Examining the Associations Between Immigration Status and Perceived Stress Among HIV-Infected and Uninfected Women.
Authors of this article are:
Gousse Y, Bruno D, Joseph MA, Afable A, Cohen MH, Weber KM, Milam J, Schwartz RM.
A summary of the article is shown below:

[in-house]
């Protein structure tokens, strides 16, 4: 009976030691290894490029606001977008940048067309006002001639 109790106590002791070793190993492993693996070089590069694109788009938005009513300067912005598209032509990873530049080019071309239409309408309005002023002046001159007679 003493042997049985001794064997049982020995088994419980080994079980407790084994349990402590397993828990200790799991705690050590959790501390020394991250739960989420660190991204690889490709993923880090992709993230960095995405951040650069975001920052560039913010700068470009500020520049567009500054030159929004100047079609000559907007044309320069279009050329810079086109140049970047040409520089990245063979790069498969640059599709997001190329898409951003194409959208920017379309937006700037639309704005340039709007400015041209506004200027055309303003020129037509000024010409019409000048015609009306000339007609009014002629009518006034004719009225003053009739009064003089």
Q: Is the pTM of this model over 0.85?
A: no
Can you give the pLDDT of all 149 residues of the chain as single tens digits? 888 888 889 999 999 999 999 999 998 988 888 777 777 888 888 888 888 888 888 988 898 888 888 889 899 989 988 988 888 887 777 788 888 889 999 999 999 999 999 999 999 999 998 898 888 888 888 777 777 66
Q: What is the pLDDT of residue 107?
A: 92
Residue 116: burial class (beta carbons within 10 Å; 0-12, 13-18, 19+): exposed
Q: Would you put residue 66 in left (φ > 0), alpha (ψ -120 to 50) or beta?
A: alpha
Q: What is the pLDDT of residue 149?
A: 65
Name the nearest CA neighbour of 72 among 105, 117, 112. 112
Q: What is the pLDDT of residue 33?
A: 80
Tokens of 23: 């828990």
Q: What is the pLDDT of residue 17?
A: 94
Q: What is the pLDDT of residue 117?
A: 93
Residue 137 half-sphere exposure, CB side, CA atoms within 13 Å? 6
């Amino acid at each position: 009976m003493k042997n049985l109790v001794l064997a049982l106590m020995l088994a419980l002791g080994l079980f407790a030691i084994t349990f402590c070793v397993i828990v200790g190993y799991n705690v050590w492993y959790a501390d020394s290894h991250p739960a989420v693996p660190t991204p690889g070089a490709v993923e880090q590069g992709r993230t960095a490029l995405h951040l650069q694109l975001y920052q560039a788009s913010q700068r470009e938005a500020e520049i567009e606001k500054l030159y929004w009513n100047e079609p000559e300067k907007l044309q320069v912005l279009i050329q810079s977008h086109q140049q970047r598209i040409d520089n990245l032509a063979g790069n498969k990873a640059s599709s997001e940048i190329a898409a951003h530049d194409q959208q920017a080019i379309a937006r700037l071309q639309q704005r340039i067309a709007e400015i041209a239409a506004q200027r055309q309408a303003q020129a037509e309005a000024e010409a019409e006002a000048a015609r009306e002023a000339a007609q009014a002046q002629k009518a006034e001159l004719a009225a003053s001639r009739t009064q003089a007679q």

Stress is associated with poor mental and physical health outcomes. In the United States (U.S.), little is known about perceived stress and associated factors among HIV-infected and immigrant women. Here, we examine these associations within a sample of 305 HIV-infected and uninfected, U.S.-born and non-U.S.-born women who were part of the Women’s Interagency HIV Study (WIHS) at three sites (New York, Chicago, and Los Angeles). Perceived stress was measured using the 10-item Perceived Stress Scale (PSS-10); HIV infection was serologically confirmed, and nativity status was self-reported. Bivariate and multivariable logistic regression were used to identify associations with perceived stress. The majority of participants were U.S.-born (232, 76.1%) and were HIV-infected (212, 68.5%). Mutlivariable analyses found the odds of perceived stress to be lower for those employed [adjusted odds ratio (AOR) = 0.31, 95% confidence interval (CI) = (0.15-0.63)], with high levels of social support (AOR = 0.45, 95% CI 0.26-0.79), and HIV-infected (AOR = 0.44, 95% CI 0.24-0.79). Perceived stress was positively associated with living in unstable housing (AOR = 2.54, 95% CI 1.17-5.51). Here, immigration status was not associated with perceived stress. We identified stress to be higher among women who were unemployed, unstably housed, or who had low social support. Community-based programs should tailor interventions to include stress reduction strategies for participants with identified risk factors to improve mental and physical health outcomes.
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